Alessia Cara’s story is the one every musically inclined teenager wishes was their own. She started putting up acoustic covers of her favorite artists (including Amy Winehouse, Drake, and the Neighbourhood) at the age of 13. By 18, she was being flown out to New York by a production company, and eventually, famed hip hop and R&B label Def Jam had recruited her for their roster.
After announcing that both an EP and her full length debut would be released before the end of 2015, she dropped her first single, “Here.” This was the song that caught my attention. As impressive as her covers are, there’s quite a difference between someone with a great voice, and someone who can be a captivating solo artist; “Here” asserted that she was the latter. Cara takes an Isaac Hayes sample (one that has also been used by trip-hop greats Tricky and Portishead) and crafts it into a ballad over which her smooth vocal riffs can soar. But to me, the most interesting part of this track was neither the production, nor her pristine voice, but rather, the lyrics. Cara strays far from the average top 40 material by writing a song about how introverted she is. The setting of the track is a party, and one where she doesn’t want to be. In today’s musical world, where huge choruses and drug innuendos reign supreme on the iTunes charts, songs like “Here” are few and far between, to say the least.
So, based off the strength of this single alone, my expectations for Four Pink Walls were high. I hoped that “Here” was not a fluke. With this EP, Alessia Cara has not totally dashed my hopes, but she has given me reason to doubt her.
Just as Cara’s lyrics were one of the points I loved most in “Here,” amongst more than half of the tracks on Four Pink Walls, they are one of the aspects preventing me from diving head-first into this project. The exceptions are, of course, “Here,” and the title track, which I’ll return to later. Besides those, the lyrics here a bit of a generic teenager-y mess. The most blatant example of this is “I’m Yours.” In the chorus, she sings, “Cause I’ve had my heart/broken before/And I promised I would never let me hurt anyone/But I tore down my walls…” and from there, I’m sure you can see where it’s going. Essentially, it’s just your average “I’ve never met anyone like you before!” story. Many of the lyrics take this same direction. Open the diary of any 15 year old girl and you’ll find something similar.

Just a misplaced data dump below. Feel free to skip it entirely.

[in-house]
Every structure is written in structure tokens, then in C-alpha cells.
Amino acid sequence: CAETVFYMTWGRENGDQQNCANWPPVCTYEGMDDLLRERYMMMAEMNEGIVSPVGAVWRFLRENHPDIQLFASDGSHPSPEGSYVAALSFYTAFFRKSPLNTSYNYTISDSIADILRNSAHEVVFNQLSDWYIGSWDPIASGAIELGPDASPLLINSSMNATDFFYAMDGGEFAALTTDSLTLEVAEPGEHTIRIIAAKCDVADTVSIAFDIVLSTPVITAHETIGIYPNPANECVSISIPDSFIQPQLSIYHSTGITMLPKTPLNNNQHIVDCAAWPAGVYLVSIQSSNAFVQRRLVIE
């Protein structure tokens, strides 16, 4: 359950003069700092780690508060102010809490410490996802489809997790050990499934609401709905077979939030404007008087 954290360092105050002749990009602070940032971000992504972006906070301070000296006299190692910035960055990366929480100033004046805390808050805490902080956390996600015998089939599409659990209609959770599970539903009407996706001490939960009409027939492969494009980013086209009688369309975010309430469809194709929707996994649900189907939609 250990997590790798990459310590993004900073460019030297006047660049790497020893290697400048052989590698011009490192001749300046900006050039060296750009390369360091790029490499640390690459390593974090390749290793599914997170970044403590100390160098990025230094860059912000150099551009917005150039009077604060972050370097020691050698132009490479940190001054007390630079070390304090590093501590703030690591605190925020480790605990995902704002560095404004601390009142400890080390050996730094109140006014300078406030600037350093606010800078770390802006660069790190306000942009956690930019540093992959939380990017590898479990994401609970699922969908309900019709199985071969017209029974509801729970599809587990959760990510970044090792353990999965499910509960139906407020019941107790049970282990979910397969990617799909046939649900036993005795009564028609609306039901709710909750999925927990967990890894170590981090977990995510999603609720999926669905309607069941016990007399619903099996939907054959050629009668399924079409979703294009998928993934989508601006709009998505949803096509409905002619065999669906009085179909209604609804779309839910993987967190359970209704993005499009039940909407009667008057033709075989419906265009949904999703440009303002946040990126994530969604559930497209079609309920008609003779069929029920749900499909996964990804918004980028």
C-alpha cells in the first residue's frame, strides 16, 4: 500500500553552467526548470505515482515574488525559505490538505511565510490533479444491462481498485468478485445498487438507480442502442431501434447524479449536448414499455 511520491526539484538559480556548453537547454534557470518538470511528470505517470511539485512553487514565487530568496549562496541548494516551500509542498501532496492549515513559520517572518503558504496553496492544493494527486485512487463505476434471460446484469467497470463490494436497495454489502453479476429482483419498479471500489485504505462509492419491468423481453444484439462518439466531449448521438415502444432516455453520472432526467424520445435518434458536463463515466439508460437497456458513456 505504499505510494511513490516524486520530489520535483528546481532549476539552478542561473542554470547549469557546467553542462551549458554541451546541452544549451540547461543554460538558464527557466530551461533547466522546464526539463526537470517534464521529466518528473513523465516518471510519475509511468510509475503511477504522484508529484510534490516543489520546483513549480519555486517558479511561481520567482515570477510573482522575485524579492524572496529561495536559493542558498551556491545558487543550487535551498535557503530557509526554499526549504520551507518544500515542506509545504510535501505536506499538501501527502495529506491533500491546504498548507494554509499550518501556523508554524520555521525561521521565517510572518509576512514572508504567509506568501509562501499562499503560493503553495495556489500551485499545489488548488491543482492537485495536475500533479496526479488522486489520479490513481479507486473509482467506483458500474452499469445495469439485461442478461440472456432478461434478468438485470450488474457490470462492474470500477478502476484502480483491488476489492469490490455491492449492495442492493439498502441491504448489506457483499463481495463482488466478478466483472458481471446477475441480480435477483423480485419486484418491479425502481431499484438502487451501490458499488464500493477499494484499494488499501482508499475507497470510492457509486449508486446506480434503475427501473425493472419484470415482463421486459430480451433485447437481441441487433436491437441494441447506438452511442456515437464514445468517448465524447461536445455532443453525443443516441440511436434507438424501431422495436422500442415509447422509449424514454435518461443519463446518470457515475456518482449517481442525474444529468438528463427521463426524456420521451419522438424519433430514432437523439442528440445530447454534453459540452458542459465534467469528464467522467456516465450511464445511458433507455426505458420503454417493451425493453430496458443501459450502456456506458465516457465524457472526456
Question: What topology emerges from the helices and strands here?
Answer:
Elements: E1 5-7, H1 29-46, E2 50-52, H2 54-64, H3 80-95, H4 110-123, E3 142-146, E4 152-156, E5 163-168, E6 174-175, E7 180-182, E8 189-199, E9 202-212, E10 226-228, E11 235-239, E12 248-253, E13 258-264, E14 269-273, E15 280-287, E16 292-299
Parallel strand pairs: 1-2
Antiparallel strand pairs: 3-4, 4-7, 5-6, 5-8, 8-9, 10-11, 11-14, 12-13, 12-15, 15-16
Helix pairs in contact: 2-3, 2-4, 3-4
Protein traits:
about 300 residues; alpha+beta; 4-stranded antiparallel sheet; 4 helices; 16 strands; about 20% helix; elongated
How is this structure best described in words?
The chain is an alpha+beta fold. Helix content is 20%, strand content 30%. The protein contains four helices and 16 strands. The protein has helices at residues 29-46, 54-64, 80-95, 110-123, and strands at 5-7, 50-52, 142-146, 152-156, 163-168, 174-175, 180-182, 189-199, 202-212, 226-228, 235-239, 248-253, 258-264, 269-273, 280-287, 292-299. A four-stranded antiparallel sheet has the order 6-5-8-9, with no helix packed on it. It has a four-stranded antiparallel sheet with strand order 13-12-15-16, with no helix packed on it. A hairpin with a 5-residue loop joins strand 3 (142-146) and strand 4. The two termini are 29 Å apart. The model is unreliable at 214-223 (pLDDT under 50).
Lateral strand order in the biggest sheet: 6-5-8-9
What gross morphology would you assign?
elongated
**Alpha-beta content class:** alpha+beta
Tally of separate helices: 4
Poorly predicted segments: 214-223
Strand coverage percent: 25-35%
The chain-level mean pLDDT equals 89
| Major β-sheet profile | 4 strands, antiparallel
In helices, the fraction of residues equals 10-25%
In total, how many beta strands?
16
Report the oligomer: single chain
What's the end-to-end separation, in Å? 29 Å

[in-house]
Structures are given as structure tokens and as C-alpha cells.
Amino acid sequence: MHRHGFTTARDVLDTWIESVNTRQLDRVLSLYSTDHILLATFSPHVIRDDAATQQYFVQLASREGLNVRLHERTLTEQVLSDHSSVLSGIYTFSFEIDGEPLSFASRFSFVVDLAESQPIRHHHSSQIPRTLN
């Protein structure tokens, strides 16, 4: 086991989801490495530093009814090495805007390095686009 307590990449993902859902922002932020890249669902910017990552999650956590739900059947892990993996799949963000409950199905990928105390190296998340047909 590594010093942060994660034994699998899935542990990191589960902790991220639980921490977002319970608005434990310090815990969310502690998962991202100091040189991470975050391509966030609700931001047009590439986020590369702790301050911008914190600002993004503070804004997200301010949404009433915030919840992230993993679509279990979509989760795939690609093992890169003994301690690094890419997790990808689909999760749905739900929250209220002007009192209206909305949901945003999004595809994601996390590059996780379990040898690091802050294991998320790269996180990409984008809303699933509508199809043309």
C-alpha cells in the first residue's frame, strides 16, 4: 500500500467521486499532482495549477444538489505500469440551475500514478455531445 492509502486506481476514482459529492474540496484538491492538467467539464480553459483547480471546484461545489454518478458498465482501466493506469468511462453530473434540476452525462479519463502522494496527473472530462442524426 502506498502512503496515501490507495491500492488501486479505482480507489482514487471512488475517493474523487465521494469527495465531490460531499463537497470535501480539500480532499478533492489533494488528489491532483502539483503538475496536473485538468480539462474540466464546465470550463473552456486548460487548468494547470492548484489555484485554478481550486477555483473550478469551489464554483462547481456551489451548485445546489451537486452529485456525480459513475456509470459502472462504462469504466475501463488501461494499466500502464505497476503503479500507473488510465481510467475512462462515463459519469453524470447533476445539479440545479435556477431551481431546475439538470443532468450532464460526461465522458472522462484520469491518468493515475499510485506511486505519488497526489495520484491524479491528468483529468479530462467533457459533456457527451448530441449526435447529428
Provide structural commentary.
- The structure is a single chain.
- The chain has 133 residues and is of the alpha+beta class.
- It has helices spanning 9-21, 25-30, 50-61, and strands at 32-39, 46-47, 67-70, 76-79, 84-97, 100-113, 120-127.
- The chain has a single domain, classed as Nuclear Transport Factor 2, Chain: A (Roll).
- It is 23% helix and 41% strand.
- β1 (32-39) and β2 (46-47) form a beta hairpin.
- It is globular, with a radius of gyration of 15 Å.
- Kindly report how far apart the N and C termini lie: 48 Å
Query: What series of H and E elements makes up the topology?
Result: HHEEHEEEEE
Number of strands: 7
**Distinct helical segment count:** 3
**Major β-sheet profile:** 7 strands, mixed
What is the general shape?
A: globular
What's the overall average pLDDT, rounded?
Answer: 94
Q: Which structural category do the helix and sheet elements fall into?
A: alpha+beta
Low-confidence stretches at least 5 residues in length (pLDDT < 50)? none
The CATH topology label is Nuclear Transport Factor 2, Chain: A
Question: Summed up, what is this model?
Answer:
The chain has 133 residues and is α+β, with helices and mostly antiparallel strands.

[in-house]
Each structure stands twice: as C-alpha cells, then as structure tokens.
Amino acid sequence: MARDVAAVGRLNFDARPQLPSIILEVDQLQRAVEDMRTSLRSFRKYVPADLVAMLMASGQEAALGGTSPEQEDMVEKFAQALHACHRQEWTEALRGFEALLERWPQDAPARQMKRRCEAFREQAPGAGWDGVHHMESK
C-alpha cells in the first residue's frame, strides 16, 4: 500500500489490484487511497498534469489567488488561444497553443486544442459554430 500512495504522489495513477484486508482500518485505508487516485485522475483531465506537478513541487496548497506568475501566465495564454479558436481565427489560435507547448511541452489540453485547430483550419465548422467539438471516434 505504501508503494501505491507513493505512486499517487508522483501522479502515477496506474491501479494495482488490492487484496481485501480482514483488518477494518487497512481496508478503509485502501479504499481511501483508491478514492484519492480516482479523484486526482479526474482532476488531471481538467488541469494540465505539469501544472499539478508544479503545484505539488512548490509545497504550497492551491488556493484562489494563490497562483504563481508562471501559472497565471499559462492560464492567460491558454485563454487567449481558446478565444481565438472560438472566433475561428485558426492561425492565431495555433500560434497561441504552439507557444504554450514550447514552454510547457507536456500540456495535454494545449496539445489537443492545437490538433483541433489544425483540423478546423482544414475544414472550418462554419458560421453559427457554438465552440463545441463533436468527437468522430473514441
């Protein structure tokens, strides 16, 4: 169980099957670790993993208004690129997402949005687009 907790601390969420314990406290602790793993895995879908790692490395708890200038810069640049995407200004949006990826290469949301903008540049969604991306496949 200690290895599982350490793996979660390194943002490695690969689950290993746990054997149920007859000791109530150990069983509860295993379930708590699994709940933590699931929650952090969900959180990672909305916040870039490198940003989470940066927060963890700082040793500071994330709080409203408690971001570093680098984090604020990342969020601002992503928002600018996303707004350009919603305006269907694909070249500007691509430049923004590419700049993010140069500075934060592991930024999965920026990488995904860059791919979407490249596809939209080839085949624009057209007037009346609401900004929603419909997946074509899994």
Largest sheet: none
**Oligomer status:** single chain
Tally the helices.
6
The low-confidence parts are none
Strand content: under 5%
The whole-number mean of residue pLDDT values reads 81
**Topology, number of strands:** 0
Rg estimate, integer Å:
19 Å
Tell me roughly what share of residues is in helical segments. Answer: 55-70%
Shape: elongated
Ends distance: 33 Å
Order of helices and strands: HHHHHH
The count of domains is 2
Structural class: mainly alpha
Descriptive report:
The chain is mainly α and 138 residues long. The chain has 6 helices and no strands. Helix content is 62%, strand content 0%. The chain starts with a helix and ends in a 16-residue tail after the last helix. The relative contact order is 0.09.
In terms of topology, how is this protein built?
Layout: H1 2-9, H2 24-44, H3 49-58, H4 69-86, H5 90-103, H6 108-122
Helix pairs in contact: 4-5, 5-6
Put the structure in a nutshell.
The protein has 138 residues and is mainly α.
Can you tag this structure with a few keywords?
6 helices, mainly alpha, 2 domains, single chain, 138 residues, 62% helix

Unfortunately, there are many other points on this EP that feel just as contrived. The Bonnie and Clyde references on “Outlaws,” the acoustic guitar strumming and dumbed down EDM chorus of “I’m Yours,” and song endings where the beat drops out just before she sings the title of the song are among them. It’s during these moments that I wonder whether or not Cara has succumbed to the sugar coated, radio friendly pitfalls of many of her influences (I’m looking at you, the Neighbourhood.)
Yet, there are still moments where this EP meets, and exceeds, my expectations. “Here” is contained in the track listing, but my personal favorite song is the title track, “Four Pink Walls.” She half raps, half sings, over a classic hip hop groove, and does it with feeling. Even the lyrics are improved; she uses the walls of her bedroom as a metaphor for the limits she put on herself as a musician. Once she ventured outside of these walls, she became more confident, and in turn, more successful. The chorus is sung fantastically, and her runs are gorgeous. Another one of the better moments comes from the first track, “Seventeen.” To say it’s radio ready would be an understatement, but the chorus is undeniably catchy, and the production is minimal but effective.
Despite both good and bad on this EP, I don’t think five songs is enough to judge an artist by. Of course, I can (and will, in just a second) judge this project on its own, but Cara hasn’t quite put out enough material to be able to tell the direction she is going to take as an artist. Although I’m a little less excited than I was before Four Pink Walls, I can say now with certainty that “Here” was not just a fluke, and Alessia Cara certainly has talent and a voice; she just needs to refine them.
Written by Preston Fulks